“The MAGA majority is using our defense bill to get one step closer to the one thing they really care about: a nationwide abortion ban,” Rep. Katherine M. Clark said in a floor speech. of Massachusetts, the Democratic whip.

Without Democratic support, Republicans would need nearly unanimous support from their side to push the measure through the House, where they could afford to lose no more than four member votes.

It’s unusual, though not unprecedented, for the House to pass a defense bill on a one-party vote. House Democrats did so in the summer of 2019, but with a much larger majority. And it wasn’t clear whether Republicans would be able to muster that much support.

Even if Republicans manage to get the bill through the House, the measures they attached have no chance of passing the Democrat-led Senate, which is expected to adopt its version of the legislation next week. A protracted fight between the houses could jeopardize the chances of finally reaching a compromise and enacting a bill, as Congress has done every year for more than six decades.

Democrats called the abortion measure unacceptable, particularly in the wake of last year’s Supreme Court ruling that struck down abortion rights, which sparked a rush by some states to enact bans and limits on the procedure.

Rep. Mikie Sherrill, a New Jersey Democrat and Navy veteran, said the Republican measure « puts the lives of service women and military families at risk by denying the basic right to travel for health care that is no longer available where I’m stationed. » Only one Democrat, Rep. Henry Cuellar of Texas, voted to overturn the Pentagon’s abortion-access policy.

Republicans defended the move as a matter of principle, arguing that the Pentagon policy it would overturn — offering vacations and travel reimbursements to troops traveling out of state to get an abortion — violated a ban on taxpayer-funded abortions.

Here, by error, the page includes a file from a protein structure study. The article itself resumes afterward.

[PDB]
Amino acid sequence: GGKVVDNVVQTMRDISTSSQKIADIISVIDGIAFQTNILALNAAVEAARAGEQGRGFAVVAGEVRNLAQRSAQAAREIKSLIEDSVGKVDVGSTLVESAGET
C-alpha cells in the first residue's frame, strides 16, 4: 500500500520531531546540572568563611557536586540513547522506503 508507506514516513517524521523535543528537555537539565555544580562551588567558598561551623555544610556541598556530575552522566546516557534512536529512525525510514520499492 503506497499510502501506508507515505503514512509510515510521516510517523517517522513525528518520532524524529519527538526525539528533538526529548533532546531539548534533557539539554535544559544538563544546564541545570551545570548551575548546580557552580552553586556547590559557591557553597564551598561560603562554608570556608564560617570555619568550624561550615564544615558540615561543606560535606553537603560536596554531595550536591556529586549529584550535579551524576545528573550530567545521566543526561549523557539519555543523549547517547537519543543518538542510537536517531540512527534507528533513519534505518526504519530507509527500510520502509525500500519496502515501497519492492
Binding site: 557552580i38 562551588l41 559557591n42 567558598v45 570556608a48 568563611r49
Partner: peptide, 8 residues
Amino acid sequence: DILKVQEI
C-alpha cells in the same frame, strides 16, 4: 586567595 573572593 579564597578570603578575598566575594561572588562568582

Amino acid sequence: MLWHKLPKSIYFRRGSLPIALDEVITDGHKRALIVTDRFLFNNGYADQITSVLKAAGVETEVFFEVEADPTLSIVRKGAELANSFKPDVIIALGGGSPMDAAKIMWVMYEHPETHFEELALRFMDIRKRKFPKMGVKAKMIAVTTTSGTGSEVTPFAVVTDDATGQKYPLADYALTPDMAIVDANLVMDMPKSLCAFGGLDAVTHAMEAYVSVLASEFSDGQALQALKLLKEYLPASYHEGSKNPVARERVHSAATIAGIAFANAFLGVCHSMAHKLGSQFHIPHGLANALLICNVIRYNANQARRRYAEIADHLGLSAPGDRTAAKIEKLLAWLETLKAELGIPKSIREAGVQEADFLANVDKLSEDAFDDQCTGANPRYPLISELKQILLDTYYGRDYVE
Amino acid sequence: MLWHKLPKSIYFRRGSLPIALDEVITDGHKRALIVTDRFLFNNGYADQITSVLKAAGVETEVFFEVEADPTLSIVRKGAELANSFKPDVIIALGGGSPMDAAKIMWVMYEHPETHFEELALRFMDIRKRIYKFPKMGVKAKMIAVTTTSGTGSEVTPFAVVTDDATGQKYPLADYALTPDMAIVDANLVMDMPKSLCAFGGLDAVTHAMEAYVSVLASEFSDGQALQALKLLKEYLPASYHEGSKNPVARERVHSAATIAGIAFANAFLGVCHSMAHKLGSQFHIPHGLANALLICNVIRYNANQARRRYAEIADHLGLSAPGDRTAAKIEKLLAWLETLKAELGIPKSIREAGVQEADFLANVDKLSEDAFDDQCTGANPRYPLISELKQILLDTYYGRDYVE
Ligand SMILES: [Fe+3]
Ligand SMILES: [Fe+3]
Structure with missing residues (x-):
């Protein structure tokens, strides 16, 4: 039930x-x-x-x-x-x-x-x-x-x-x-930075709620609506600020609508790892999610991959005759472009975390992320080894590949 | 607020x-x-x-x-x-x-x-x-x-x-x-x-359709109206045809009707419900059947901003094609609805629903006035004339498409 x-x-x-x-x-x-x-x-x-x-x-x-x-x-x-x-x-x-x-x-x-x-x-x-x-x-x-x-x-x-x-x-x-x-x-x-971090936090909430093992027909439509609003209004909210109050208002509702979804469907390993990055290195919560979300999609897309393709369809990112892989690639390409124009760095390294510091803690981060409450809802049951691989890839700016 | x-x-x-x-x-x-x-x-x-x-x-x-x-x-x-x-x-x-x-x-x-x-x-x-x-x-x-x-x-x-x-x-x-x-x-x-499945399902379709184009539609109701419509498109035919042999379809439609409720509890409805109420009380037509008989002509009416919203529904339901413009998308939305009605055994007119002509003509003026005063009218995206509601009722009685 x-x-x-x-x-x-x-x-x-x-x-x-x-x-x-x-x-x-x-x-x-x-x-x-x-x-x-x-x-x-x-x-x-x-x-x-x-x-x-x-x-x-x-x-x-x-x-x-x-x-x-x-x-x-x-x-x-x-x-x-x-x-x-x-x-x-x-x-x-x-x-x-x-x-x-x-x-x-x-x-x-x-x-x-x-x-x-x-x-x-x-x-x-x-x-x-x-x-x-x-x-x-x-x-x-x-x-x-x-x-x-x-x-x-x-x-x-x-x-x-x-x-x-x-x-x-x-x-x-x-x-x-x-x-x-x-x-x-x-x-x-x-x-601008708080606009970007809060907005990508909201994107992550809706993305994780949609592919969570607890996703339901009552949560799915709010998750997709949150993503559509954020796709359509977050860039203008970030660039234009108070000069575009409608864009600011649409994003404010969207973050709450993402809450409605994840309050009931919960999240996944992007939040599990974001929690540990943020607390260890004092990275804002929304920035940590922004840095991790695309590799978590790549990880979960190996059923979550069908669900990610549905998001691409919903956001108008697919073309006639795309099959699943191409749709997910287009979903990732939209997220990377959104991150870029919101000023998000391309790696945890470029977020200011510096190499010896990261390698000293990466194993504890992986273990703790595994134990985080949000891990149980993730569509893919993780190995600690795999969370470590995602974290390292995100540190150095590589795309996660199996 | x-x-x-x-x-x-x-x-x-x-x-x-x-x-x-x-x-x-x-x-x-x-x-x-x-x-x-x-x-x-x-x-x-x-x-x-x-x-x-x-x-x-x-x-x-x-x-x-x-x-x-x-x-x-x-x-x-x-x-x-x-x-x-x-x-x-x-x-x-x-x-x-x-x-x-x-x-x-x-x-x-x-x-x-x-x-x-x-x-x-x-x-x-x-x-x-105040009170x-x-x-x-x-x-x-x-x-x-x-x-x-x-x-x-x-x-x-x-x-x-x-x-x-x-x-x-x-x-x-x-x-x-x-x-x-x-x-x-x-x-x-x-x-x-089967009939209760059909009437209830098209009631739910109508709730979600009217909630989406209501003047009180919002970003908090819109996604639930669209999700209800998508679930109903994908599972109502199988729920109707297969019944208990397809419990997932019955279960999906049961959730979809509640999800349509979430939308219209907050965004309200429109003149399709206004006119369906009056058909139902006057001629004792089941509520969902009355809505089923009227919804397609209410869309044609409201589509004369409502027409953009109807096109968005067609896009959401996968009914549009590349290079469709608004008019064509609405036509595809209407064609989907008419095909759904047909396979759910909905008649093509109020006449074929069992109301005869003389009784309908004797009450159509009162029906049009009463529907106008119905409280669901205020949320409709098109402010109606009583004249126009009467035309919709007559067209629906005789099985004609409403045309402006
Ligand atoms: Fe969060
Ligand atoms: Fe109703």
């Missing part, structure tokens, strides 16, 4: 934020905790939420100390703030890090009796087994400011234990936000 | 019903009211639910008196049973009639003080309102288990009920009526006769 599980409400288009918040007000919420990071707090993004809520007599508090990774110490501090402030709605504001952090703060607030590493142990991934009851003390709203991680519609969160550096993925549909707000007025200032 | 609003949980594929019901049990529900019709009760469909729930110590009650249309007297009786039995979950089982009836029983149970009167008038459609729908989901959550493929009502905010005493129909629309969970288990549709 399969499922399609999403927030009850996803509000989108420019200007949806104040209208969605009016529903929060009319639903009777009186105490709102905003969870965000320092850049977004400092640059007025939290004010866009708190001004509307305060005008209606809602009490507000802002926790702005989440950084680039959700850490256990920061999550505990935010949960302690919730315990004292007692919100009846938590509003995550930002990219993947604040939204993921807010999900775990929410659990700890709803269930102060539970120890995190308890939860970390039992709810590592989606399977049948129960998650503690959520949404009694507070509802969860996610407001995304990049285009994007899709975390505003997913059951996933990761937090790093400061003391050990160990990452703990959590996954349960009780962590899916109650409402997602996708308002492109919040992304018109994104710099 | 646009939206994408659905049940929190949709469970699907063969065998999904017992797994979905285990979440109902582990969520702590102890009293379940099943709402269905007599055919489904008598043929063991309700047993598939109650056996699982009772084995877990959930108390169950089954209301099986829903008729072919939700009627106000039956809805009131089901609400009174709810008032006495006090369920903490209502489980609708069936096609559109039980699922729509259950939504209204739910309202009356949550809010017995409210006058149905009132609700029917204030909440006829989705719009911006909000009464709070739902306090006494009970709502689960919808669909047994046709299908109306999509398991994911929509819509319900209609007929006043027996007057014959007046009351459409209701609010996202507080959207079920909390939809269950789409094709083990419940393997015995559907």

“This illegal Biden-approved policy has no place in our military,” said Rep. Ronny Jackson, a Texas Republican who authored the proposal. « Taxpayers’ money will go directly to support abortions, and anyone in this House who says otherwise is blatantly lying to the American people. »

The debate came after President Kevin McCarthy gave in this week to a small group of ultra-conservative Republicans who threatened to block defense legislation if their proposals, including the withdrawal of US aid to Ukraine, were not met. taken into consideration.

But on Thursday the House went ahead, slogging through dozens of proposed amendments. He overwhelmingly defeated two Republican efforts to cut US military assistance to Ukraine. The vote was 341 to 89 to reject a measure by Rep. Marjorie Taylor Greene, a Republican of Georgia, to end a $300 million program to train and equip Ukrainian soldiers, which has been underway for nearly a decade. And by a vote of 358 to 70, the House rejected a proposal by Congressman Matt Gaetz, a Republican from Florida, to ban the sending of further security assistance to Ukraine. In both cases, the supporters were all Republicans.